10/23/2012 04:30 pm ET Updated Dec 23, 2012

Riociguat: Drug Successfully Eases CTEPH, High Blood Pressure In Lungs Condition

FRANKFURT, Oct 23 (Reuters) - German drugmaker Bayer said its experimental riociguat pill could become the first treatment option for some patients suffering from a life-threatening form of high blood pressure in the lungs.

Riociguat showed promise in a late-stage drug trial for use against CTEPH, a type of high pressure in the lungs' arteries due to clots that have clogged up other blood vessels in the organ, Bayer said on Tuesday.

For some of these patients complex surgery can provide relief but there are no drugs on the market to stop the progressively worsening disease that can lead to heart failure.

Bayer earlier this week said the riociguat pill was shown to also help against PAH, another form of pulmonary high blood pressure which can be treated with drugs from Actelion and Gilead.

Bayer declined to give a sales estimate for its product but analysts on average saw 2017 sales from riociguat of $480 million before this week's news, according to Thomson Reuters Pharma.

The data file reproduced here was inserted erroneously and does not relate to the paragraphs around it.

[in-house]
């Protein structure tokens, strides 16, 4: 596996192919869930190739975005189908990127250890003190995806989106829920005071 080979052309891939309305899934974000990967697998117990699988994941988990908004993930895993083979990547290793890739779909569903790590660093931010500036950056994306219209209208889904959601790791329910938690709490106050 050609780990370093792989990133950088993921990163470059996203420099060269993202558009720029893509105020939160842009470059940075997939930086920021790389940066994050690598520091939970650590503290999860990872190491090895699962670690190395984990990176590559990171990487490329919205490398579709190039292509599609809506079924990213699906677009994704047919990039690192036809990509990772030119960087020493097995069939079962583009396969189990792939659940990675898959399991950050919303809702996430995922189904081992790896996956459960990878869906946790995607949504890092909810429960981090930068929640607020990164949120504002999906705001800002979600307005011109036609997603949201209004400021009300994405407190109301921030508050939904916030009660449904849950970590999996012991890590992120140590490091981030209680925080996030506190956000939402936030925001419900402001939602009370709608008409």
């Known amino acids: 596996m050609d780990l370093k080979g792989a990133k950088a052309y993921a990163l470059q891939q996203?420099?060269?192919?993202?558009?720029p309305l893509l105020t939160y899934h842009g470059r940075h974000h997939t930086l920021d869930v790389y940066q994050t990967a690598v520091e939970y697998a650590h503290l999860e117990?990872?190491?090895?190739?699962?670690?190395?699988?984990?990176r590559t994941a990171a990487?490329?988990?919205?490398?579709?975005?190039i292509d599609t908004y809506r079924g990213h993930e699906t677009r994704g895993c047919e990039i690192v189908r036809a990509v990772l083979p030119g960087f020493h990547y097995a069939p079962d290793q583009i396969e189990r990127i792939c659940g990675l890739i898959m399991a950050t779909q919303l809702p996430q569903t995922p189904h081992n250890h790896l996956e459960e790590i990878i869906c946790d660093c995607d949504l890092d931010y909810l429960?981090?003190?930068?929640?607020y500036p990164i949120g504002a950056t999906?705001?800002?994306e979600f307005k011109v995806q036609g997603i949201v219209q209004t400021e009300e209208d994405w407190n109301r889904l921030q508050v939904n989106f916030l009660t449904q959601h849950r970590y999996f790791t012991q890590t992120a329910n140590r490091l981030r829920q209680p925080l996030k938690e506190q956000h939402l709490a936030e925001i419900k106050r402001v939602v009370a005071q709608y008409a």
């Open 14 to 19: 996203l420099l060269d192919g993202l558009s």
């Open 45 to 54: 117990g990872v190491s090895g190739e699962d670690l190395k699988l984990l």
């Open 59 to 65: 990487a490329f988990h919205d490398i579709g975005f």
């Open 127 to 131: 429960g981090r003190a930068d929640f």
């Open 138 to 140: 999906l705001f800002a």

As part of the CTEPH trial, doctors measured how far 261 participants could walk in six minutes before and after 16 weeks of either three-times-daily riociguat or a placebo pill.

Patients on riociguat walked 46 metres further on average than the initial 330-350 metres, while the control group did not improve, Bayer said. Riociguat was also shown to lead to better cardiovascular readings and to slow the progression of CTEPH.

The results are being presented at this week's annual meeting of the American College of Chest Physicians (ACCP) in Atlanta.

Bayer plans to file for marketing approval of riociguat in the United States, the European Union and Japan simultaneously in the first half of next year with a market launch possible in mid-2014.

While PAH affects about 30,000 people in the United States, Japan and Europe's largest markets, a further 20,000 people in these countries suffer from CTEPH, according to Bayer. (Reporting by Ludwig Burger and Frank Siebelt; Editing by Mark Potter)